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Verizon now 100% American as Vodafone cashes out for $130B

Kris Carlon
4

Did you know that almost half of Verizon Wireless was owned by the UK's Vodafone? Well, it doesn't really matter anymore, because Verizon has just sealed a deal to buy Vodafone's 45% stake in the company's wireless division for a cool $130 billion. Yes, you read that correctly, $130 billion dollars. This price tag makes this one of the most expensive acquisition deals in history at the same time as making Verizon a 100% American-owned company. This makes Microsoft's purchase of Nokia this morning for $7 billion seem like chump change.

verizon cash
They may have had piles of cash to make the purchase, but there mustn't be much left. / © modmyi.com

At the same time Verizon has announced that they are no longer interested in expanding into Canada, leaving those in the Great White North to get by with the existing three carriers: Rogers, Bell and Telus. Perhaps dropping ludicrous amounts of cash for home-ground advantage has diminished their reserves. Oh yeah, did I mention the $130 billion was in cash and stocks? It's the third largest merger and acquisition ever.

Verizon CEO Lowell McAdam was quoted yesterday as saying: ''At this point in time we're not interested in entering the Canadian wireless market.'' Although what I think he meant to say was: ''we can't even afford coffee in the office anymore.'' $130 billion dollars for a 45% stake in the company is a very good deal for Vodafone, who got exactly the price they were asking for, compared to Verizon's hopeful acquisition figure of $100 billion.

VerizonUSAMap
Verizon is now officially 100% red, white and blue. / © CNET

What this high valuation means is that Verizon is dropping eight times its earnings before tax, interest and other sundries are calculated, meaning the office parties at Verizon might be a little lackluster for a little while. But seizing complete control of the largest American cellular network will give Verizon huge advantages in future. Advancement into the Canadian wireless market, other investment opportunities and joint marketing/bill bundling between wired and wireless services can now all be handled independently.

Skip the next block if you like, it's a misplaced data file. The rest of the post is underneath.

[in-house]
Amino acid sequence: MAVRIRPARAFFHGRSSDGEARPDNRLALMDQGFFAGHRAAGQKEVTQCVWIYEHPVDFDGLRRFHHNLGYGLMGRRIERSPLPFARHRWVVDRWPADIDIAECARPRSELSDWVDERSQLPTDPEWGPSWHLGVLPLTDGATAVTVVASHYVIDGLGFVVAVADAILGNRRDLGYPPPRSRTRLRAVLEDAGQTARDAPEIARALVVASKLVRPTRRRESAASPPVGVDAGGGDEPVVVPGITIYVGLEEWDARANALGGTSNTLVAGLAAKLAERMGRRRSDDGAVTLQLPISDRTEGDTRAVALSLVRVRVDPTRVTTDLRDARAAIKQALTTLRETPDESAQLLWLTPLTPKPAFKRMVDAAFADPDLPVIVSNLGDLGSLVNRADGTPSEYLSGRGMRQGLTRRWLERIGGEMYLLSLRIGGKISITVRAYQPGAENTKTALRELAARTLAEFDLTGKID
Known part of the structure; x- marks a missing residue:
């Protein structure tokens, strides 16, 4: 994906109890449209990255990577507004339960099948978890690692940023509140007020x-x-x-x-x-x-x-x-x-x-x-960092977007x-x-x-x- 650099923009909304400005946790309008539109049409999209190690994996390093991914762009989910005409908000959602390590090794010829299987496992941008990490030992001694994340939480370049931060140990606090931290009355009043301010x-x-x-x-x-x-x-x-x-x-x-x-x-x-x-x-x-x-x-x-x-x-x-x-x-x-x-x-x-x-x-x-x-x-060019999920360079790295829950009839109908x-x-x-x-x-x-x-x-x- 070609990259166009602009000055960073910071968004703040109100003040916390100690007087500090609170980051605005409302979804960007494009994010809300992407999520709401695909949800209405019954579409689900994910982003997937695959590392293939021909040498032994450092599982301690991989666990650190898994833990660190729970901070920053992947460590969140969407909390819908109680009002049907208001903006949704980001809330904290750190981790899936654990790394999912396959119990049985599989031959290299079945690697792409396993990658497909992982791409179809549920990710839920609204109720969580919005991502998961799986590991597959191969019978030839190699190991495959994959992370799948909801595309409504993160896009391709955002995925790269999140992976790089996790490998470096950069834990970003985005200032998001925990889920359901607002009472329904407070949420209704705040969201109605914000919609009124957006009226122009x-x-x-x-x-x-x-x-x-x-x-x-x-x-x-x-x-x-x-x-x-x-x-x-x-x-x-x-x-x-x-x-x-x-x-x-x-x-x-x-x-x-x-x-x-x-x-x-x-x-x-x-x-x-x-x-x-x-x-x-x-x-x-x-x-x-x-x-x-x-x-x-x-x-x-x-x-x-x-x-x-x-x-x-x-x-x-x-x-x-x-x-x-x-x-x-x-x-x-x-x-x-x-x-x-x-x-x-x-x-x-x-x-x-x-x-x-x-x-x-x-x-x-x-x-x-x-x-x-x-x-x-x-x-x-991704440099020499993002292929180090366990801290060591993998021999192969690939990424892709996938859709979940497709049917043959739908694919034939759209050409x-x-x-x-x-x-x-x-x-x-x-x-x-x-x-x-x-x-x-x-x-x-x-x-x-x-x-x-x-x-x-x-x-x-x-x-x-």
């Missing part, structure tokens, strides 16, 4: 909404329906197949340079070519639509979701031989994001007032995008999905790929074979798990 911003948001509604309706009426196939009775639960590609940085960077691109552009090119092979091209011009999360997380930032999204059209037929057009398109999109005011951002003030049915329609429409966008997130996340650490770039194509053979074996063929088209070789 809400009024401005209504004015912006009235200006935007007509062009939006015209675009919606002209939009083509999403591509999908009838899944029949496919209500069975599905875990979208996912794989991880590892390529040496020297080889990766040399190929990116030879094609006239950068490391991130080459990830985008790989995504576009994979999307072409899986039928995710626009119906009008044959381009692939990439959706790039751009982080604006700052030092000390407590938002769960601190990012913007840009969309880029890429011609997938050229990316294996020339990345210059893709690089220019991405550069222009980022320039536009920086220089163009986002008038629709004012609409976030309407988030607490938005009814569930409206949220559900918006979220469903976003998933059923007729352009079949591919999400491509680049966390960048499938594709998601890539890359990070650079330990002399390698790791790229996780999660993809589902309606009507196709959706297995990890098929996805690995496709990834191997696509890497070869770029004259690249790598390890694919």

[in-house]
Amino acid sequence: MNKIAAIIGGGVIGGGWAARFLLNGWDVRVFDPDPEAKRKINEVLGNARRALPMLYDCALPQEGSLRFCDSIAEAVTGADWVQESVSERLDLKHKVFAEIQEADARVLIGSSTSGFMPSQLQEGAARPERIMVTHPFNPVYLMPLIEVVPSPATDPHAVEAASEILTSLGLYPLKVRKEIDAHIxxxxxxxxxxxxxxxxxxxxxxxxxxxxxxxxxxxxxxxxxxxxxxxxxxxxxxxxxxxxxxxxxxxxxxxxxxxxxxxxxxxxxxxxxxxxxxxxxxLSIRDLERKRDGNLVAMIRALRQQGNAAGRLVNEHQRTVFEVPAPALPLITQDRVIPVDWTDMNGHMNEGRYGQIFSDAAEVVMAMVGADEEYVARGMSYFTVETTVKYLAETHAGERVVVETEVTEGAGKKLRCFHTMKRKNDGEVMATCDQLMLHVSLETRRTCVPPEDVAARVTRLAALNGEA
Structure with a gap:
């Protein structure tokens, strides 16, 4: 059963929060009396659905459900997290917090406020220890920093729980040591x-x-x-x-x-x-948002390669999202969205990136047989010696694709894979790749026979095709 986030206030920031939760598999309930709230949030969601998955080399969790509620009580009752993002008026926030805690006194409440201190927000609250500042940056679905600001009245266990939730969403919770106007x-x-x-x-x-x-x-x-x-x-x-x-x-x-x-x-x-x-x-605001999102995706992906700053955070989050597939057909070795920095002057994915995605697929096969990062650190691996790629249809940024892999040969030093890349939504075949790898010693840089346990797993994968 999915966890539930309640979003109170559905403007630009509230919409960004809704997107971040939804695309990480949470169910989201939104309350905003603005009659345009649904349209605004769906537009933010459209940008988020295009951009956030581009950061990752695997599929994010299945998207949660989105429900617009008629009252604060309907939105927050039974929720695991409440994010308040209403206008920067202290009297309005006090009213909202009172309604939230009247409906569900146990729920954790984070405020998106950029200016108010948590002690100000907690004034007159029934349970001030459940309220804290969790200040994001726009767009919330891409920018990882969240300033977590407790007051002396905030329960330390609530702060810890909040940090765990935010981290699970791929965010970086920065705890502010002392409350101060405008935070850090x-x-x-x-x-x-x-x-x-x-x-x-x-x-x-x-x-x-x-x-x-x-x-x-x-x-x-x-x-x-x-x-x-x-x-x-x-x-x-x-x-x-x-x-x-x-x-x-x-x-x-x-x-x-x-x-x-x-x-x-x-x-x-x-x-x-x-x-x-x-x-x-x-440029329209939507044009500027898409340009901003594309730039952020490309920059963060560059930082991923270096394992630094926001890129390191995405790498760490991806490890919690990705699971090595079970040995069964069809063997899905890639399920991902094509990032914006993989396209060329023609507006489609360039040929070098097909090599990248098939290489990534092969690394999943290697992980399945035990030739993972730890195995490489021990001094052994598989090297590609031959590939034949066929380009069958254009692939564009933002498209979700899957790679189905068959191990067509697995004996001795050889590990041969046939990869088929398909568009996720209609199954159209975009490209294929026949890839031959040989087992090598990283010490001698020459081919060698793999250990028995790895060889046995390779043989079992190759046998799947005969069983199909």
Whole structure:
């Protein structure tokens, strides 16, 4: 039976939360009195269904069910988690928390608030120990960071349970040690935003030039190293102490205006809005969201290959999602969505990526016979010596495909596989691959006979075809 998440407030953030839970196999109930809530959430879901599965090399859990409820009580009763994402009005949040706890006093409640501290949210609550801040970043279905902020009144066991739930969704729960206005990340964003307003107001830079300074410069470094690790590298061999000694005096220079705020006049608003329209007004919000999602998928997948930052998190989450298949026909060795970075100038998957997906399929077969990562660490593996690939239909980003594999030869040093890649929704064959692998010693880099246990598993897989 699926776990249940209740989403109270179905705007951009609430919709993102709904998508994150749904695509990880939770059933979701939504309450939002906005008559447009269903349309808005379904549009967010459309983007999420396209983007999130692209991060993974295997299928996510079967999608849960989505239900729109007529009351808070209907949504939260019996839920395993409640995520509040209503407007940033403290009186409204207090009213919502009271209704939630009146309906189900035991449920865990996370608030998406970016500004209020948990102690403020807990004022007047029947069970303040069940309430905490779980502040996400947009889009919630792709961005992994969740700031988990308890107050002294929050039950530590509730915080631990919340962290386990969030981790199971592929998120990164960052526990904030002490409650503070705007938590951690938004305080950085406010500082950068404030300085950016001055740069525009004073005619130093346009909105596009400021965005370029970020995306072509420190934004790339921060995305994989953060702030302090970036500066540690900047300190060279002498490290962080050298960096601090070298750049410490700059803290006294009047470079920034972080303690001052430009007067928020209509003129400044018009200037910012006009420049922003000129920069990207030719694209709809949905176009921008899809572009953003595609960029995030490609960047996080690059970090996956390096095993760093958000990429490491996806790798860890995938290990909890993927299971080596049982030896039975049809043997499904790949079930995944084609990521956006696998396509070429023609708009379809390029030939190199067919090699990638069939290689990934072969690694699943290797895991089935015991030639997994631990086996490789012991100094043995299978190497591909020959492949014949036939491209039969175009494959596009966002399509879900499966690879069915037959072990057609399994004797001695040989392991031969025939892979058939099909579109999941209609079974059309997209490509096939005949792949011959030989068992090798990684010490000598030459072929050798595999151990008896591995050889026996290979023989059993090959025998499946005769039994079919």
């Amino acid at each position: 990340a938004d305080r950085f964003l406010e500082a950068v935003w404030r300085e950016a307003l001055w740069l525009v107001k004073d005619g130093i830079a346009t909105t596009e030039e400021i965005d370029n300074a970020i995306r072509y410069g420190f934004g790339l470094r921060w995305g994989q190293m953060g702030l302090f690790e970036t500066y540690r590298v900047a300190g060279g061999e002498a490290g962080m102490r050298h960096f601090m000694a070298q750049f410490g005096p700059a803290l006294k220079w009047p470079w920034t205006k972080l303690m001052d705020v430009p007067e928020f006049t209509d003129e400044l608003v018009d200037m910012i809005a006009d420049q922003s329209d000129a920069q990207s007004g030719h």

Verizon has been growing steadily recently, with the most recent quarter revealing 8.3% growth in service revenue year-over-year. That's over 100 million connections equaling close to a third of the US population. Verizon also hosts the largest 4G LTE network across the country, covering 500 markets. While belts may be tightened for the immediate future, it won't be long before Verizon starts loosening them a notch or two as they continue their growth and expansion through North America.

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Comments

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  • Ed E. 10 months ago Link

    Good luck trying to get a foot hold in to Canada, with our foreign ownership laws you can only have a very small ownership and the rest must be Canadian owned, so most likely will not be of any interest to you........... besides our market is very very small...........good luck...........even though it would be good for our market, we have to many laws and regulations on foreign ownership.

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    Kris Carlon 10 months ago Link

    I read something while researching the article where Ian Grant of the Seaboard Group said Canada represents 1/130th of the opportunity compared to the buy-back deal, so he wasn't surprised Verizon backed out. But in the same article (on msn news), there were complaints by the big three about how foreign companies have an advantage because they would be considered a ''new player'' in the Canadian market and, according to current Canadian wireless laws, would have bidding rights to two (instead of the Canadian companies' rights to bid on only one) blocks of 700 megahertz spectrum to go up for auction in January 2014. So there's still time for another foreign company to step in...

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  • Sterling Keys 10 months ago Link

    Come on foreign companies, get into our radio-o-sphere. Maybe then the big 3 will reduce the prices from their astronomical rates.

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  • Ed E. 10 months ago Link

    Thats true Kris............Our big three cry when there's any hint of a foreign company thinking of entering Canada. .........Our government needs to relax the foreign ownership laws and just have an open market for all and let us diside to buy there products.

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